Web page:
Barely three months after ending a caustic labour dispute that discredited both sides, the National Hockey League and its players have found unity through integrity. They've signed a landmark deal that doesn't concern salary caps, revenue shares, arbitration or free agency. It's about advancing human rights.
The NHL and the National Hockey League Players' Association entered into a formal partnership recently with the You Can Play Project, an organization dedicated to ending homophobia on playing fields and in locker rooms in every sport. Hockey's commitment has rightly been called historic.
The NHL is the first major North American professional sports league to officially partner with a lesbian, gay, bisexual and transgender advocacy group on this scale.
The new agreement will provide education and training for teams and players on combating homophobia. You Can Play will conduct seminars on equality at the NHL's rookie symposium, and the project will be integrated into the sport's health program so that any player in need of counselling can confidentially seek it out. The message will go out to fans and the media, too, through high-profile public service announcements.
But the biggest impact of this partnership will likely stem from the simple fact that it exists. Few sports, if any, have a "tough guy" tradition that runs deeper than hockey's with its drop-the-gloves, play-through-the-pain, rock 'em, sock 'em ethos epitomized by the rants of Don Cherry. For this sport, beyond others, to emerge as a leading voice against homophobia speaks volumes about the justice of its cause and the importance of standing up for fairness.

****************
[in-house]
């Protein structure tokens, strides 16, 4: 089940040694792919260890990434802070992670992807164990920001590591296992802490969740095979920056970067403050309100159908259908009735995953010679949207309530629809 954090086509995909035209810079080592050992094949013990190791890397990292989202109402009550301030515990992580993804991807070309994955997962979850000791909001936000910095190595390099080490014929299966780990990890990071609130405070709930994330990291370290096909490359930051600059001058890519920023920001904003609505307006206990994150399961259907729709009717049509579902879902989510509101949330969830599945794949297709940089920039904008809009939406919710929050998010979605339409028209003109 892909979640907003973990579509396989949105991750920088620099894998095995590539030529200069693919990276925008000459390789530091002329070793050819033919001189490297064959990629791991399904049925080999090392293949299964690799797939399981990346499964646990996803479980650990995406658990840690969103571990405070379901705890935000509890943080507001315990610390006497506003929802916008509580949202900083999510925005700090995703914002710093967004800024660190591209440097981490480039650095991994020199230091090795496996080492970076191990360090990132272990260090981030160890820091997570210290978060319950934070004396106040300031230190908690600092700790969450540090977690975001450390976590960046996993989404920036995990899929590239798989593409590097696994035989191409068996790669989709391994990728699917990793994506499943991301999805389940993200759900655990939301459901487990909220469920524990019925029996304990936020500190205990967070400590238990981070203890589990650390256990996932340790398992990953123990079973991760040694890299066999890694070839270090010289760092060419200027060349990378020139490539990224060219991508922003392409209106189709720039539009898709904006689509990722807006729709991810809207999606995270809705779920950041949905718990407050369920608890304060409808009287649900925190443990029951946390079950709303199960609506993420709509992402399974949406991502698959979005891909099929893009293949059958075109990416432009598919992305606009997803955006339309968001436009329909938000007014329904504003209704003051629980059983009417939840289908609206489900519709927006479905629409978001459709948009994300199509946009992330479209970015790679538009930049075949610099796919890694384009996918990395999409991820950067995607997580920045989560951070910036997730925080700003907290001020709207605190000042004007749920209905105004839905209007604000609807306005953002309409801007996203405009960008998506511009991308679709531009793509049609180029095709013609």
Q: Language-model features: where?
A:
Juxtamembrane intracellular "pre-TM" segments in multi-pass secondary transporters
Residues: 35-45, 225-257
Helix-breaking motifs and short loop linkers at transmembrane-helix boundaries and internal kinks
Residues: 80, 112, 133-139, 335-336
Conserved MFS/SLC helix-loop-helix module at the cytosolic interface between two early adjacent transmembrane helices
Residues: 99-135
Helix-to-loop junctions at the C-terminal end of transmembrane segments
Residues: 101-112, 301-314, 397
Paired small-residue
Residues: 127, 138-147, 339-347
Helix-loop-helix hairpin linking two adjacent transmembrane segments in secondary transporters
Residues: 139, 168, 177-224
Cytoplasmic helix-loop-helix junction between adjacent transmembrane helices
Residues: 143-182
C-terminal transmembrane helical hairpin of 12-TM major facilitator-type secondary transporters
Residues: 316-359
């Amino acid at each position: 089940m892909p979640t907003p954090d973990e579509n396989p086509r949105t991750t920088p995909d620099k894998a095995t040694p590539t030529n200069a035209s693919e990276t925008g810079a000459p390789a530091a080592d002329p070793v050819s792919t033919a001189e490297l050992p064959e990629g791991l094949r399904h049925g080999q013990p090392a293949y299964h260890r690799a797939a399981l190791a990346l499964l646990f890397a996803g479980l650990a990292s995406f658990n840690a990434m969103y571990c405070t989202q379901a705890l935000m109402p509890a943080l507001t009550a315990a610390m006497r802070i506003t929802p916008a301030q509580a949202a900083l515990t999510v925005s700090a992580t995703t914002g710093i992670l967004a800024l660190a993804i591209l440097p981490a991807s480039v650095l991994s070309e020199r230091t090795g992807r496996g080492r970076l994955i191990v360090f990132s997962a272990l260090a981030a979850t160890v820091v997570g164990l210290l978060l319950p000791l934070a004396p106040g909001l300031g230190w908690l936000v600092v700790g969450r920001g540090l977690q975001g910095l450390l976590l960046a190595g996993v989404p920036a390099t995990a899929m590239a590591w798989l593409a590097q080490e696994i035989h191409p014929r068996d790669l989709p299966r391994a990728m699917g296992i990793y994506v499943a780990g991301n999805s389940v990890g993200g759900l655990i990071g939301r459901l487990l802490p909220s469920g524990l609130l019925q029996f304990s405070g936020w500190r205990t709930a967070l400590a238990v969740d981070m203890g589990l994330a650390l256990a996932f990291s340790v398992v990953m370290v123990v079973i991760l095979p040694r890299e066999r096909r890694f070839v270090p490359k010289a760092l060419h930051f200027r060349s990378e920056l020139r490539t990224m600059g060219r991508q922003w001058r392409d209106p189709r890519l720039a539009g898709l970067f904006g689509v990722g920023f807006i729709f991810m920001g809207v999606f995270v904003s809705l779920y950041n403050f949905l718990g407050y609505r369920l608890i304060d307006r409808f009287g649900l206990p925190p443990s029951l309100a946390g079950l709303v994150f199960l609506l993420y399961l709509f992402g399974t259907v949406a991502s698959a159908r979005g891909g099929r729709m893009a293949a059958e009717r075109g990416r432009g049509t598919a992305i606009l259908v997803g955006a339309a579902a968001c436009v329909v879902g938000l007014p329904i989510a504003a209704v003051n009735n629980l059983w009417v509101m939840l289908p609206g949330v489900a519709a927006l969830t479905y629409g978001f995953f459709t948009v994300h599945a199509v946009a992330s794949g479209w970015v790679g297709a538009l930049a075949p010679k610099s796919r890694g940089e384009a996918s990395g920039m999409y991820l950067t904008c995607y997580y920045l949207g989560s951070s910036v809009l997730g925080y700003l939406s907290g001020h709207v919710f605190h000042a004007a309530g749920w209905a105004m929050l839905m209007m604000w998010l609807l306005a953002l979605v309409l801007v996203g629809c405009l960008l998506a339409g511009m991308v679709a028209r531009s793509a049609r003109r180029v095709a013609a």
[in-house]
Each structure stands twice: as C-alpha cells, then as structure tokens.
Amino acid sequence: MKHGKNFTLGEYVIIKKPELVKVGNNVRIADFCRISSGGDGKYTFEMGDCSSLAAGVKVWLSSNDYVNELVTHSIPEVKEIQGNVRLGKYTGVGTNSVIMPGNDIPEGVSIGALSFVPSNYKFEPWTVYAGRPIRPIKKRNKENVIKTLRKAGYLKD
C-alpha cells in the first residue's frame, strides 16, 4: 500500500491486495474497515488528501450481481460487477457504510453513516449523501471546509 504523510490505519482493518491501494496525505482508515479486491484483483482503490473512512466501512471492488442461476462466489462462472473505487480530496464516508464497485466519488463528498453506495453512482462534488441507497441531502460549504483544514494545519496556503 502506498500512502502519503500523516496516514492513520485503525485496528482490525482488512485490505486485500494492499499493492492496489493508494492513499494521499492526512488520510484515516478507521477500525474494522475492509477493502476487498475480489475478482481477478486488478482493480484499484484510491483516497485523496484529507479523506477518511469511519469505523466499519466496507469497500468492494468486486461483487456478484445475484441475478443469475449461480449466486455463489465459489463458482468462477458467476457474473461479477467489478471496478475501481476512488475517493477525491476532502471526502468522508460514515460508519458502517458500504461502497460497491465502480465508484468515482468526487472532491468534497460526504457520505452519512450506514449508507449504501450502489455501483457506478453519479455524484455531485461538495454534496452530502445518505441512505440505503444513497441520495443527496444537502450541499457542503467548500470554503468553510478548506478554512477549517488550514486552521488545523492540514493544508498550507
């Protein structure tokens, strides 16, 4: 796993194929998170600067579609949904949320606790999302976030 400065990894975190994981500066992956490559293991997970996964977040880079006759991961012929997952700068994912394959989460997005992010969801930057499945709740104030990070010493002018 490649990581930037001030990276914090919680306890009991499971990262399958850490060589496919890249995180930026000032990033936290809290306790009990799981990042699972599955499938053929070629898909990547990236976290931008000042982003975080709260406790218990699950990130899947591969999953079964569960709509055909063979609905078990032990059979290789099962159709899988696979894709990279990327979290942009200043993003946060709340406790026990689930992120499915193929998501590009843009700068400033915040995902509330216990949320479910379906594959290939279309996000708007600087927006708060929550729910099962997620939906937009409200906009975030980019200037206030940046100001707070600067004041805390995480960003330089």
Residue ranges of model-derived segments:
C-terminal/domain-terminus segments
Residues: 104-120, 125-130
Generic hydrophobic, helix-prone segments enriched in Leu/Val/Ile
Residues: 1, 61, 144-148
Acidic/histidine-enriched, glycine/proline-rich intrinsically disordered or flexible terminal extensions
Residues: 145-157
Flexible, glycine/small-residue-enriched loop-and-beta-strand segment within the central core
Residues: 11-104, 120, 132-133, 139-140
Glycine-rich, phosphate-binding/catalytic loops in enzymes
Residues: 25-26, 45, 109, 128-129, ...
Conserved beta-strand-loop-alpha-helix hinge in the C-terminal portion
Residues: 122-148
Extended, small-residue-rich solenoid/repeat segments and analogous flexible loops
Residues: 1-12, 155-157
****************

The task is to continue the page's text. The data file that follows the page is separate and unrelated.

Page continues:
It's no accident hockey is in the forefront. Patrick Burke, a scout with the Philadelphia Flyers, launched You Can Play a year ago in honour of his younger brother, Brendan, who was killed in a car crash in 2010 after he came out to his family. Their father, Brian Burke, former general manager of the Toronto Maple Leafs, has also been an outspoken advocate of equality.
Hockey teams and players were early supporters of the You Can Play message and now that has blossomed into a formal agreement. It seems only a matter of time before other leagues come aboard and LGBT athletes in all sports find more freedom to compete without hiding their orientation.
The timing for this is propitious with gay marriage, already established in Canada, becoming increasingly accepted in the United States. Accomplished gays and lesbians have come out in the entertainment world, in the U.S. military and in politics. And in another nod to the fight for rights in the sports world, 42, the inspiring story of Jackie Robinson, the first black player in major league baseball, has just opened on cinema screens.
The realm of big league professional sports seems poised for another breakthrough. You Can Play can claim a fair share of the credit for leading the way, along with the NHL and its union. It's one more reason for Canadians to take justifiable pride in our national game.